Wednesday, July 5, 2017


This is an iPhone pic through my Rollieflex viewfinder.  Morning after drinks for health and hydration.  We bled money.

"The Breakers.  It's The Life You've Earned."

No shit.  That is what the in-room t.v. ad tells you.  But it is all very nice.  More than nice.

I wanted to show Ili where I used to stay on old Singer Island, a quiet little jewel, uncrowded, tropical, wonderful. . . .  I hadn't been for years.  Something happened though.  It has been discovered.  I took her to the old Sailfish Marina where I had been going since the '60s.  Now it is an ugly Jimmy Buffet TGIFridays sort of mishmash.  All the charm and beauty are gone.  In its place are jackasses.  Sorry.  But I couldn't stand it.  Loud tattooed people with motorboats and liquor tearing up the waters.  The beautiful reef fish were gone.  All the things that must have brought them there. . . but no, they probably brought one another.  They come for that, I guess.  They come for the crowd.

And so, the quietude of the Breakers was wonderful.  The rich are different from you and me.  They are more beautiful.  They are quieter and better behaved.  They don't move in that herky-jerky aggressive way of the hoi-poloi.  They hardly look around.

And so we paid for beauty.  Chairs beneath large, sheltering umbrellas on the beach overlooking the clearest of blue waters.  A birthday dinner at the Flagler Steakhouse, the most expensive meal I've ever been a part of.  Twenty-dollar in room movies.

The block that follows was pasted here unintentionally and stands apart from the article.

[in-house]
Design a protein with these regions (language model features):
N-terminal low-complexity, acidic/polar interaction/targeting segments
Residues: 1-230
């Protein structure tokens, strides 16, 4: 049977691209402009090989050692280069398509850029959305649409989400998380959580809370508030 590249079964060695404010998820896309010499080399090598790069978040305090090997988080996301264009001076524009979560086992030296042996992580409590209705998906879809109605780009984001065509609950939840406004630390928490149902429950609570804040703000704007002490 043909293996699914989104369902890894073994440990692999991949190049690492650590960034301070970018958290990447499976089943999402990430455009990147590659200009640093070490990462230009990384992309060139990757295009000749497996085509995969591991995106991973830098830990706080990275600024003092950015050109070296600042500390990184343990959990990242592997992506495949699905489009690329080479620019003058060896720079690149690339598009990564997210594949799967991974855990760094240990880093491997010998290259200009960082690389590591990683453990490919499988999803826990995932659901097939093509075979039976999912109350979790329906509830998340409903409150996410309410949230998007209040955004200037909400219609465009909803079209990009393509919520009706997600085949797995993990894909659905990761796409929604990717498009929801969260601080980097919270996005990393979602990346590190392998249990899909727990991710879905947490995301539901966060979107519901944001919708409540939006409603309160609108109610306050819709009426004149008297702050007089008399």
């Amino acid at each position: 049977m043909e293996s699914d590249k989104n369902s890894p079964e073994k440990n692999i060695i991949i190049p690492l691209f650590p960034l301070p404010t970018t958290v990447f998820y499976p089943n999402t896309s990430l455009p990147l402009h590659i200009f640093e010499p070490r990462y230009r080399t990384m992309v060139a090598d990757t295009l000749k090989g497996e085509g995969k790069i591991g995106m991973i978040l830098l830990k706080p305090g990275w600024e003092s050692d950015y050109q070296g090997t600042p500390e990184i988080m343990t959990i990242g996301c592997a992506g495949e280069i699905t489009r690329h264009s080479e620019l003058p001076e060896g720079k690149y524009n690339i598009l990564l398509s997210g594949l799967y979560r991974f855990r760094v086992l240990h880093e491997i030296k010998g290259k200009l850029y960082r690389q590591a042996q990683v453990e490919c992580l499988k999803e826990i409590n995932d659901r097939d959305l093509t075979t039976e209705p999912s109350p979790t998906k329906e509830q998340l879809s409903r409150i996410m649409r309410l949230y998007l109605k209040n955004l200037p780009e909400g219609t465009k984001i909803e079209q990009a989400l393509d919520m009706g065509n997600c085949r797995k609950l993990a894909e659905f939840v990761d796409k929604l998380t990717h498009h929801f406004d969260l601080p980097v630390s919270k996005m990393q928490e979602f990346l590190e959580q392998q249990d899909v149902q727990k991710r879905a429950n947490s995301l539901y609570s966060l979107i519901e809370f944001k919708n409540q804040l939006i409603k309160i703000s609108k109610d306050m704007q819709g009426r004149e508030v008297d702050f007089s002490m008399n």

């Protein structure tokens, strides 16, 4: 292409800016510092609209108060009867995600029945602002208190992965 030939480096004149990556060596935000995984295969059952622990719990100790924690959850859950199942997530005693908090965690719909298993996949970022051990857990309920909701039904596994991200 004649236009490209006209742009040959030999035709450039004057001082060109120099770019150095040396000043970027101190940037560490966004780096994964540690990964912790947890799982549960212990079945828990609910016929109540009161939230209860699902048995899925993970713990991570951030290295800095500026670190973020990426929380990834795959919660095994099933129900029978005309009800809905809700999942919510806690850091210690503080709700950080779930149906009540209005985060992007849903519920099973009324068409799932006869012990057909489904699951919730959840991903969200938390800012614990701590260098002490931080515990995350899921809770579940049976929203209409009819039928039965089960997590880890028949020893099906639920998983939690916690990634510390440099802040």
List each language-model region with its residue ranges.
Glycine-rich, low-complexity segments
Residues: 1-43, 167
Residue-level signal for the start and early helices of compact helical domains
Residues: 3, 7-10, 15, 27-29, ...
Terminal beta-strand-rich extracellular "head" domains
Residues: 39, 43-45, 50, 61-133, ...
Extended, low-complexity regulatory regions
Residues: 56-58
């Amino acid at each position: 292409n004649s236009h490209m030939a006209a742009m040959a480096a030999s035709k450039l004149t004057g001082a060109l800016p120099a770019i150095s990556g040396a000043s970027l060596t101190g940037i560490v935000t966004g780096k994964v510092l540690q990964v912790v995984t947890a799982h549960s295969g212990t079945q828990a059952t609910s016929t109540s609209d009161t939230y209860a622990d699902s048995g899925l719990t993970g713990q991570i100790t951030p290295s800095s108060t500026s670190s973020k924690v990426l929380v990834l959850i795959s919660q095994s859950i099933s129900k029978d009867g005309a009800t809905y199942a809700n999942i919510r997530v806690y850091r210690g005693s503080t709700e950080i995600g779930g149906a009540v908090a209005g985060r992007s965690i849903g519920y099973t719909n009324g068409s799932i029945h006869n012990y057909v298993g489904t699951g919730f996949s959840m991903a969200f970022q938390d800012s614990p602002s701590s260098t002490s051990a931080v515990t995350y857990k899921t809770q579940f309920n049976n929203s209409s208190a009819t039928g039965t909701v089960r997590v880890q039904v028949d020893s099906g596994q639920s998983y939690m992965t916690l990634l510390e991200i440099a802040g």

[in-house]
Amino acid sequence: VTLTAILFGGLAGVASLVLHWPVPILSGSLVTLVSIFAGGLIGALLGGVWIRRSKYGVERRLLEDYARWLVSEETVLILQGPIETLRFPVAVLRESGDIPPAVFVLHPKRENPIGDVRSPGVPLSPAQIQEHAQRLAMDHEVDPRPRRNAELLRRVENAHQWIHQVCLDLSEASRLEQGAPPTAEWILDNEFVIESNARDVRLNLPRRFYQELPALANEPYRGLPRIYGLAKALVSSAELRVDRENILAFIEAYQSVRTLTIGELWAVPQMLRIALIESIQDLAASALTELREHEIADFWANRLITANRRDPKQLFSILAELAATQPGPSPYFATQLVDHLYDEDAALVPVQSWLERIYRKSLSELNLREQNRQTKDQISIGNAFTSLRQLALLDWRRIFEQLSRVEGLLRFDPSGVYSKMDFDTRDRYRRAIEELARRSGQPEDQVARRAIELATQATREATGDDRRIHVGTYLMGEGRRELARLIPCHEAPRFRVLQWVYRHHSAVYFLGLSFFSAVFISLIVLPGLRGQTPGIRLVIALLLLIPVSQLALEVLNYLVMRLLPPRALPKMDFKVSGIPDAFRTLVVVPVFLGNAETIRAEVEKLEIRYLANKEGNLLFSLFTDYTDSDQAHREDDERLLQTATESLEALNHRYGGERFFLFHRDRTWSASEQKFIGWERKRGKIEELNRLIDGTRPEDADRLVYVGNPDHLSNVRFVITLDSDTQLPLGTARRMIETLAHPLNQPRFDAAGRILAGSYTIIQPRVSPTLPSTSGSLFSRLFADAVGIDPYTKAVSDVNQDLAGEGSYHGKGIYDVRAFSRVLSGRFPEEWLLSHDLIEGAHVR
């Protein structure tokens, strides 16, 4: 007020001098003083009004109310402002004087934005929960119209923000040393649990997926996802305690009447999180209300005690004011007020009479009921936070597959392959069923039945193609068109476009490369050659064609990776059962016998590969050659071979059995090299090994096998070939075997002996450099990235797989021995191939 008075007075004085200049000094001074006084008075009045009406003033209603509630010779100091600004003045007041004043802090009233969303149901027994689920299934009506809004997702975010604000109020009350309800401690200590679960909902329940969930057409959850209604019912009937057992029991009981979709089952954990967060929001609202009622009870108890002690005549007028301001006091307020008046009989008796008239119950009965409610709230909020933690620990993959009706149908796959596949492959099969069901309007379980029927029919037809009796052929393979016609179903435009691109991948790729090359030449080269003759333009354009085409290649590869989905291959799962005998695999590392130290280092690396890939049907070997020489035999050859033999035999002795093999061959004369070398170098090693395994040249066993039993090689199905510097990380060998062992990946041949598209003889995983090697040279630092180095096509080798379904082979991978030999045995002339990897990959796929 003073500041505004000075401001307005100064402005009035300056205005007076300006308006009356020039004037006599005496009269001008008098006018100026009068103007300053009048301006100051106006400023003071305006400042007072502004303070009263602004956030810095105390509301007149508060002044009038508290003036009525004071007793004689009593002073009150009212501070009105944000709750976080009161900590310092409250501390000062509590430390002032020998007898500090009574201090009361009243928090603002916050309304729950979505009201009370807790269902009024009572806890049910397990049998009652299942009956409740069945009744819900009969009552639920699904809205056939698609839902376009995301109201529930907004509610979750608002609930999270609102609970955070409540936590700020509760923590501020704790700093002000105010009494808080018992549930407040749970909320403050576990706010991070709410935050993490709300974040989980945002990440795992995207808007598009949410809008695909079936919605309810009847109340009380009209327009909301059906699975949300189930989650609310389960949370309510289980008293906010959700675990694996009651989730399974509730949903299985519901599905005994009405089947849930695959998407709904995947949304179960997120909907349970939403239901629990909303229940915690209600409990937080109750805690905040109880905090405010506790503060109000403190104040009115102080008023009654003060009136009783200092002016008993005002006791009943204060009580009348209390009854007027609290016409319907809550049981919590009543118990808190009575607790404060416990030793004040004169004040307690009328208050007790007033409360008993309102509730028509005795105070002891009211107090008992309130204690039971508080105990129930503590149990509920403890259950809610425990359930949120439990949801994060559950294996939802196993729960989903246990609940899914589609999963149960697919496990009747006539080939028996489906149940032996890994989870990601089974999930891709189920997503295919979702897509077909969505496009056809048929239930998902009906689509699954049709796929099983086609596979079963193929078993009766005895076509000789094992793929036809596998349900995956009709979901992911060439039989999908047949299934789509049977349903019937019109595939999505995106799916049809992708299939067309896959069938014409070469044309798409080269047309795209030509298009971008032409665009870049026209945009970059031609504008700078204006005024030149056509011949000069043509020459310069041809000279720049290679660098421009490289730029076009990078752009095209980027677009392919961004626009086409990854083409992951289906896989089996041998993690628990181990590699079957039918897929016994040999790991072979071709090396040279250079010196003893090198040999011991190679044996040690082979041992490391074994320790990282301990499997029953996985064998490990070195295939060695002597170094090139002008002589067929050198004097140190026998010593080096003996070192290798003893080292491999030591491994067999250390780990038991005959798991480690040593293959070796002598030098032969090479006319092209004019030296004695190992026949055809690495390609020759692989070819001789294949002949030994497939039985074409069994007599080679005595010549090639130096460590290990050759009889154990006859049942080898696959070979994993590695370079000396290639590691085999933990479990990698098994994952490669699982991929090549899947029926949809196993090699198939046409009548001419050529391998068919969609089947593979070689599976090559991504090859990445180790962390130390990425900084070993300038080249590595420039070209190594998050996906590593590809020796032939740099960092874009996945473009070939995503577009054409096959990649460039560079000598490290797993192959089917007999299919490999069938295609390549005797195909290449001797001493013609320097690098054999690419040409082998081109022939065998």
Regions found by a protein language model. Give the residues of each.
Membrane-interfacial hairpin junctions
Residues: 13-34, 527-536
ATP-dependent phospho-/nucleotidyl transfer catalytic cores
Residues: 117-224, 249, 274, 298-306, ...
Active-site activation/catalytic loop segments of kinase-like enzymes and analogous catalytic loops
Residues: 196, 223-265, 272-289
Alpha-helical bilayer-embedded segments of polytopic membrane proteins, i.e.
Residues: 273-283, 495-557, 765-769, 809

We stood a foot and a half apart in waist-deep water.  A four foot tarpon swam between us.  A wonderful surprise.  I show Ili all the magnificent creatures that live in the bits of floating Sargassum weed (but I never do find a seahorse).

Once we made a mistake of going off property.  It was a terrible shock.  The weather was awful, the roads and sidewalks and buildings worse.

It takes tremendous effort to make beautiful things.

Back home on the Fourth of July, hamburgers and hotdogs with mother.  Just as I begin to grill, a storm begins.  I put the hamburgers on the grill but the rain comes down in sheets and there are giant lightening strikes close by so that we clench with each bolt.  The wind blows in gusts, sixty miles per hour I guess (confirmed today in the paper), tree branches breaking, trees coming down.  The power flickers.  Then there is hail.

A reckoning, I guess, a sort of welcome home augury.

I guess.  Today it is back to the factory.

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